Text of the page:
Scottish courts and tribunal buildings will remain open during the country's new national lockdown, but all court and tribunal users must abide by the protective measures already in place against COVID transmission, the Lord President has stated in a video released as the restrictions come into force. 

Lord Carloway emphasises: "I expect everyone to take every step possible to ensure that they and their colleagues respect the measures introduced to protect both themselves and others." 

While the majority of people already understand and comply with the measures, Lord Carloway says there have been reports of people failing to wear face coverings, gathering in groups and failing to observe two metre physical distancing in courtrooms. 

He and judicial colleagues would take any continued breaches very seriously. He warns: "In some instances we may need to reinforce the importance of respecting safety measures by highlighting to those breaching requirements that the court may regard any future breach and any repeated breach as constituting a contempt of court."

Scottish Courts & Tribunals Service Chief Executive Eric McQueen welcomed the reminder. He commented: "We have strictly followed Public Health Scotland guidance in preparing all of our buildings to create environments which are as safe as we can make them. While there is an increased risk of transmission from the new variant of COVID, the clinical advice is clear – provided the FACTS guidance is followed, the working environment will be as safe as possible. 

"We realise that, over time, complacency and familiarity has crept in and disappointingly, there remains a small number of people who believe the rules do not apply to them. This is a time for everyone to be vigilant. We are renewing and refreshing our signage and distancing markers, our advisory information and asking everyone to make the courts and tribunals as safe as possible for all. This is about awareness and self-discipline – the physical environment has been properly prepared, we need everyone who comes to work in it, or visit it, to follow the measures in place to keep them safe. Our buildings are currently only open to those who need to be there for the purposes of court or tribunal proceedings.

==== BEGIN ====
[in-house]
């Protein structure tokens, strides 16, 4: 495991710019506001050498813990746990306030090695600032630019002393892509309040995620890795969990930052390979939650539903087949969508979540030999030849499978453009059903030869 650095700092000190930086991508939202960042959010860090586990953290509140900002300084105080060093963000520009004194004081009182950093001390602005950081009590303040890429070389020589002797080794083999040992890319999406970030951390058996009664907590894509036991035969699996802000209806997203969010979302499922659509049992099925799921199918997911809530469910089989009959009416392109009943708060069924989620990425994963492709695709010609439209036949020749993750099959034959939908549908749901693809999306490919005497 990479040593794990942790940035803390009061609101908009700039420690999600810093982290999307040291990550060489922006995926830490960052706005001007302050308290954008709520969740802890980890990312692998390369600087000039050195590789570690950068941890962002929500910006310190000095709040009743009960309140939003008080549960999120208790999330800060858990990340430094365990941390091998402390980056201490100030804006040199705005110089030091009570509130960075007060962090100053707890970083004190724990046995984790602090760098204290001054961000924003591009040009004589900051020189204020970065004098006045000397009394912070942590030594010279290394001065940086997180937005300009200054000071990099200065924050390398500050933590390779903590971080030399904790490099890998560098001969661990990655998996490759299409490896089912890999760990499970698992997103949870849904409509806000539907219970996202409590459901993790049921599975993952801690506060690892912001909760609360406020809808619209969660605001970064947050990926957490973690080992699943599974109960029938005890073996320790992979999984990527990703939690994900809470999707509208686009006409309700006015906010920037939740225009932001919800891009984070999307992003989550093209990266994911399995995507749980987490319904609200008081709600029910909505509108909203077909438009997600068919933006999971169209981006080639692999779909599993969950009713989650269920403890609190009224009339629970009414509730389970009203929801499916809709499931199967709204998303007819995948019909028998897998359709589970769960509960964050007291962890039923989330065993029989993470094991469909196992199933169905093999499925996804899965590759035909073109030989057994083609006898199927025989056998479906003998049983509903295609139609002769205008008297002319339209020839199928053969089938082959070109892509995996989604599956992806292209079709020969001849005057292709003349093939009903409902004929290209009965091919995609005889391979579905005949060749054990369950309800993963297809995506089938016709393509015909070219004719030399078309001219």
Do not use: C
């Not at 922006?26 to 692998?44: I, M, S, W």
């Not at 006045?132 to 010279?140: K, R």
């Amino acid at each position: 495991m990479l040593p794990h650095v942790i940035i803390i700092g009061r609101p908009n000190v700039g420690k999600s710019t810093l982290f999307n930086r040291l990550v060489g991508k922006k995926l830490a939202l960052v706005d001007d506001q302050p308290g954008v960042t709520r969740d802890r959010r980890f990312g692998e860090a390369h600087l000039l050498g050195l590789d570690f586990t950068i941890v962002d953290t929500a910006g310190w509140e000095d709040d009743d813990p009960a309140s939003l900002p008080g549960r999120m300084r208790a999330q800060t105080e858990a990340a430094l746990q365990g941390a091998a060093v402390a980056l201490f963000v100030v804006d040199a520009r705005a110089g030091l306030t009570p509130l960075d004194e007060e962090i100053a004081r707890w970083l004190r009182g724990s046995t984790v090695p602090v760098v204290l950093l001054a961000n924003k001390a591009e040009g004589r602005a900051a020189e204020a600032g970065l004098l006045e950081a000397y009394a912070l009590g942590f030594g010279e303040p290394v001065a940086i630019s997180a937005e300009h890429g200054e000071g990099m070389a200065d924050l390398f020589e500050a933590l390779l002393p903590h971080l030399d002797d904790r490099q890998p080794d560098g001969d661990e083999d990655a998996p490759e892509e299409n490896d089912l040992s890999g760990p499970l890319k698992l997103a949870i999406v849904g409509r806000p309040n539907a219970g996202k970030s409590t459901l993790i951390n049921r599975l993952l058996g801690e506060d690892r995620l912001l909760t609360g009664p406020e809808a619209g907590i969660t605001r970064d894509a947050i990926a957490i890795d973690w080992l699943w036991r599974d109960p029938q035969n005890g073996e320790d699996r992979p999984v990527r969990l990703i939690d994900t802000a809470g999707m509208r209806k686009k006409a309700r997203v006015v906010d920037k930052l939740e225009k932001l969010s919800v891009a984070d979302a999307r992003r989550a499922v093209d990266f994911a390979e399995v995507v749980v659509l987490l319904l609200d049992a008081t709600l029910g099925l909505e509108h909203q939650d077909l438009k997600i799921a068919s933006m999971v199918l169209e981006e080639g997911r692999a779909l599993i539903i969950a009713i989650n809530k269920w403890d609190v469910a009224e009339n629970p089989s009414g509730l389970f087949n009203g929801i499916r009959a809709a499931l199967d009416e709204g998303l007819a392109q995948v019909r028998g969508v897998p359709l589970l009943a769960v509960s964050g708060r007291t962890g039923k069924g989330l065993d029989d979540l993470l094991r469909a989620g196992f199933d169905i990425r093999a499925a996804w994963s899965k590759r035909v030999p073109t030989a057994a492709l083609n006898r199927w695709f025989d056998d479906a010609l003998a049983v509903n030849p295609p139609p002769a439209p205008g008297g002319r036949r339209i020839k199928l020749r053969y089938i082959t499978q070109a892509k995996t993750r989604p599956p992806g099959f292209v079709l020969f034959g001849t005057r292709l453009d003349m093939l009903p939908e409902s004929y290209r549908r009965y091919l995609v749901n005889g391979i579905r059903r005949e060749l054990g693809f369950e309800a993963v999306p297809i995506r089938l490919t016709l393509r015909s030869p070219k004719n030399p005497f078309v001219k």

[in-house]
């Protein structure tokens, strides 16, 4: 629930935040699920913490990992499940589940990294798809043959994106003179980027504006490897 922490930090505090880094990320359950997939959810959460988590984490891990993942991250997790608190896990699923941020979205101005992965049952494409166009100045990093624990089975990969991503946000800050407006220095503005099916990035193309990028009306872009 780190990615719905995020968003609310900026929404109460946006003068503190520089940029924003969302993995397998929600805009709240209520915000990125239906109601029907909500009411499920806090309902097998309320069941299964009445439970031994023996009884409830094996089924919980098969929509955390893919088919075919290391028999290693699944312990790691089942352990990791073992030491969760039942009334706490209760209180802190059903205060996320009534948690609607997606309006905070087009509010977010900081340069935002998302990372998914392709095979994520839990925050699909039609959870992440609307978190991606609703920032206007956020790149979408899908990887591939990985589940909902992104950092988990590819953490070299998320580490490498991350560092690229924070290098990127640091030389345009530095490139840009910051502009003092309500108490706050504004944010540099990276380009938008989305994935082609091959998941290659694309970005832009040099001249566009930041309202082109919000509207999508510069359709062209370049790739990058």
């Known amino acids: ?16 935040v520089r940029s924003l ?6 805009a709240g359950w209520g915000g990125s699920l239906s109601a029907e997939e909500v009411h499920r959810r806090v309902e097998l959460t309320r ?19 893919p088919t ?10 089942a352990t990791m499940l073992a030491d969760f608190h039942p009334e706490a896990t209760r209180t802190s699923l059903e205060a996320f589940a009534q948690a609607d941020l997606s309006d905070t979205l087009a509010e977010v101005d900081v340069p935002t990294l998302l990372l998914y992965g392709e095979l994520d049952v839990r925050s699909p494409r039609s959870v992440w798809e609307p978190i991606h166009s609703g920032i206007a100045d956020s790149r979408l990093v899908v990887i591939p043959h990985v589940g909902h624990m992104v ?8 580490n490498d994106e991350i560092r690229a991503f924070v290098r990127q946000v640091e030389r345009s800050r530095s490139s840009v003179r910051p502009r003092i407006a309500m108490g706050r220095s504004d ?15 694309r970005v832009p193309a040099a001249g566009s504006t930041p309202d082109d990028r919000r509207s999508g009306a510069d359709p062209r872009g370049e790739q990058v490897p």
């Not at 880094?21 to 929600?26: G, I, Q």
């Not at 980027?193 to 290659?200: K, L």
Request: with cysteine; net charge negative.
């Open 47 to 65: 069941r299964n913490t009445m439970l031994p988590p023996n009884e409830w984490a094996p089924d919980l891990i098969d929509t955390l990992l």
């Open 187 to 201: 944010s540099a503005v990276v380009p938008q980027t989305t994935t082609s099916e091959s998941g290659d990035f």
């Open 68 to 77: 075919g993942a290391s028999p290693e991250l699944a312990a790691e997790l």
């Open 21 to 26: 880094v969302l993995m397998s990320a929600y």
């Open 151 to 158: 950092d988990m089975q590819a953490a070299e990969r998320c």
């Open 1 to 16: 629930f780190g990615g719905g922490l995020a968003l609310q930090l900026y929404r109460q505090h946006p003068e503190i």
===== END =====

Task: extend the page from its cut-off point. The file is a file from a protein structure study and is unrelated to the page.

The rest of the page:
"There is much concern over accumulating delays to justice and the impact this has for accused, victims and witnesses. Our approach allows us to keep doing our critical work – even during the level 4 restrictions. Our courts can continue to operate safely if all participants comply with the measures in place. This is vitally important as further sheriff and jury trials are scheduled to get underway this month."

In addition to physical measures, almost all civil court and tribunal business is now conducted online or by phone. Court buildings are closed except to those who are required to attend, and court starting times are varied to reduce numbers in the buildings at any one time. Juries are housed remotely in cinemas. 

Amanda Millar, President of the Law Society of Scotland, reminded solicitors via Twitter that the Society's current position, as stated on the Coronavirus update page on its website, is that "Solicitors’ health & safety should be their primary concern and there is no requirement to attend court if, in line with current NHS and Scottish Government guidance, they feel it is unsafe for them to do so."

Interview facilities inadequate: GBA 

The Glasgow Bar Association has written to the Lord President in response to his recording, suggesting that insufficient consideration has been given to media reports of the new COVID strain being a mutated super spreader, which "will invariably have an impact on the confidence of the public and court users and conflicts with the basic message to 'stay home'". 

With accused persons and their witnesses "invariably" being from socio-economic groups at higher risk of contracting and spreading the virus, the GBA maintains, "Sufficient adaptations have not been made to interview facilities at court nor in the dock. Even getting into the building at Glasgow Sheriff Court can often involve a long queue at the entrance for Test and Protect registration".

While the Lord President's advice is to avoid consultations with client in court wherever possible, it is not always possible to obtain a client’s instructions in advance of their case calling, and matters arise during the conduct of a trial or on the day of sentencing. The GBA points out that in Gallagher v HM Advocate (2010) a defence agent was criticised by the court for taking instructions outside the court building. 

"The reality is the court estate has insufficient accommodation to allow court practitioners to obtain their client’s instructions in a manner which allows privileged information to be discussed privately and safely in the current pandemic", the letter continues. "You have to date been relying upon the goodwill of practitioners to persevere, but that goodwill is being rapidly exhausted."

And it "strongly objects" to the threat of possible proceedings for contempt of court being taken for non-compliance, a matter it has taken up with the Law Society of Scotland.

Click here to view the Lord President's statement, and here to view the GBA's letter.